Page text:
6 days went by since my expected period. Cycle day 42. Still nothing. Still more aching, breast pain, weird dreams. In all of my lateness, I’d never been THIS late. I became more sure than ever that I was carrying our third child.

And then…. I wasn’t. My period started 7 days late, in the middle of a comedy night at a mom blogging conference. Sitting there in the convention center bathroom, looking down at what I knew was the beginning of what I was sure was going to be a really angry 7 days, I couldn’t believe it. I wasn’t pregnant.

I should have been relieved. I didn’t need a new car. I didn’t have to worry about moving the office, or the kids having to share a room. No sleepless nights. No baby bags. We continue on this path of traveling and being free to do whatever we wanted without having to worry about bottles or diapers or sleeping schedules, or all of the other things that come with having a baby. I should have been happy. But I wasn’t. I’m not. Not really.

Bittersweet doesn’t even fully encompass the feeling I’m experiencing right now.

This, although unplanned, and never dreamed of, was my last chance for a third child. We never planned one, never wanted one, but never made the decision absolute. The only way we would ever have a third child was if it was on accident. This was that accident and it didn’t happen.

These past 7 days wondering and worrying and thinking– about how if it would be it would be, and if it wasn’t we wouldn’t be so ‘careless’ again– solidified our future. This makes it official- there will be no more children for us.

I know what some people must be thinking– it seems like you really want another baby, why not just have one? Thing is, I honestly don’t. Not really. At the same time, I wasn’t completely prepared for the slight possibility to be gone. For it to be absolute. There was always this tiny chance it might happen, no matter how small. This minuscule window that it could happen. I didn’t want a third child, I still don’t, but watching that door close and lock has been a lot harder than I ever imagined it would be. It’s hard to put into words.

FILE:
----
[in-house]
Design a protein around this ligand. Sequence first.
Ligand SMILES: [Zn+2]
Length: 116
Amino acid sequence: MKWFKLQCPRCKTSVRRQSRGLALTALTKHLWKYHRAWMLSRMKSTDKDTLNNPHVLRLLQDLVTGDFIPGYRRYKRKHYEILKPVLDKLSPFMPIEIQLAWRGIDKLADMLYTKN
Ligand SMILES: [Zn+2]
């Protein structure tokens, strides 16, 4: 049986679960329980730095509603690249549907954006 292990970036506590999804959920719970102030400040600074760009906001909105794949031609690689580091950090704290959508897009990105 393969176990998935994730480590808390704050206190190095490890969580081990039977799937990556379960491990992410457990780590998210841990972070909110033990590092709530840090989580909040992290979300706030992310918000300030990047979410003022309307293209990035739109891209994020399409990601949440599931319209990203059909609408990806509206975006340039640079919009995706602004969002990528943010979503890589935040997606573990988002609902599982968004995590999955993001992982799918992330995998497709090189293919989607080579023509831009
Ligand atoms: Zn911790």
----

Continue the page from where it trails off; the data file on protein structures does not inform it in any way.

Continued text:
It’s closing an entire chapter of my life, locking the door, and throwing away the key. I may have never wanted to go back through it, but now I have to walk away from it knowing I can’t, and it’s not easy.

I’m not pregnant. I won’t ever be pregnant again. That time in my life has come to an end. I should be happy. I AM happy (other than the fact that not being pregnant means that I’m just gaining weight and losing control of my bladder), but I’m also sad to know it’s really over.

I wanted to end this blog with something important. Some kind of big realization. Words to perfectly wrap this up and make it all make sense–but I don’t have them. Being a woman is difficult. The decision to have children can be just as hard as the decision to stop. That’s where I am. I’ll wake up tomorrow and my life won’t appeared to have changed to anyone but me.

I’m done having children– and I know it will be okay, but I’m not okay. Not yet.

Posted on October 10, 2016 by Holdin' Holden 2 Comments
Holdin' Holden

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  • And I cried reading this…I know that feeling. However my youngest is 14. I has my tubes tied right after having her…I was ok with the decision then. Actually I was better than ok with the decision. And here we are 14 years later and I still get a little flutter in my heart if my irregular cycle seems a bit more irregular. Even though I know that I am finished having babies and I made the decision…sometimes I still struggle with the finality of it.

  • This. I too, find it incredibly sad to realize that chapter of my life is over. Even though we have 4 kids and don’t use protection, we haven’t been successful in 7 years. To me it’s the finality of growing older and seeing younger moms having babies that pushes over the edge.